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Nature Wars

How can we best handle the wildlife now turning up in our own backyards?

By David Holahan / December 27, 2012

Nature Wars By Jim Sterba Crown Publishing 368 pp.

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Let’s cut to the chase, shall we? As a boy, Jim Sterba didn’t shed a tear for Bambi’s mother, who famously was killed by a hunter. Today, not just deer but other woodland creatures are in his crosshairs: “It’s clear that a lot more of them have to die, especially Bambi’s mom and other females, in order to lower their populations in areas where they cause damage.”

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Sterba, a journalist, is the author of Nature Wars: The Incredible Story of How Wildlife Comebacks Turned Backyards into Battlegrounds, and his thesis is simple: sometimes to help a species – and to keep it from harming other species, including us – nature must be managed. How Americans feel about how, when, and even if this should be attempted takes up much of his second book.   

But first Sterba documents how the eastern United States has experienced an ecological rollercoaster during the past century: from deforestation and species decline to burgeoning woodlands and miraculously rebounding animal populations in recent decades.  We Easterners – urban, suburban, and rural alike – are a forest people, whether or not we fully appreciate that reality; for example, nearly a quarter of New York City’s five boroughs are covered with trees, according to the author. More than 60 percent of Connecticut, the fourth densest state, is under a green canopy. Our neighbors include bears, moose, beavers, coyotes, seemingly incontinent geese, and those aforementioned ubiquitous ungulates. We bump into them all the time. A mountain lion was killed by a car in Connecticut in 2011.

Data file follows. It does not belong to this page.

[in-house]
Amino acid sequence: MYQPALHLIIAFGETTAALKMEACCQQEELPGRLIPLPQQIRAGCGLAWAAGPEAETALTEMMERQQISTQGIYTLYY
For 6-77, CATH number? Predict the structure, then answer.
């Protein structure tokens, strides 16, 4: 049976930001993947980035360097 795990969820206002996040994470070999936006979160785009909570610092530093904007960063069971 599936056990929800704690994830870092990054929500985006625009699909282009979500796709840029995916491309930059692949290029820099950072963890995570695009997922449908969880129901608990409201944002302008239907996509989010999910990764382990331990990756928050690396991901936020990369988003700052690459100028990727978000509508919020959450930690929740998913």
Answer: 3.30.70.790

What’s more, many of us who have migrated to the country or leafy burbs are tenderfoots: We like the scenery but we don’t hunt or farm or even get out in nature all that much. We drive back and forth to work and the store a lot. According to the author, “Americans now spend 90 percent of their time indoors, and they pay more heed to the nature conveniently packaged on their electronic screens than to the nature around them.” 

But nature has a way of paying attention to us. Resurgent beavers can flood our roads, deer can total our Volvos, coyotes can feast on Fluffy, wild turkeys can damage crops, and Canada geese can bring down airplanes. What Sterba aptly describes as a “moment of clarity” in the contentious debate over how to manage proliferating geese arrived in 2009 when US Airways Flight 1549 sucked a flock into both engines and crash-landed in the Hudson River. Everyone survived (although not the $60 million plane); others have not been as lucky in recent years.

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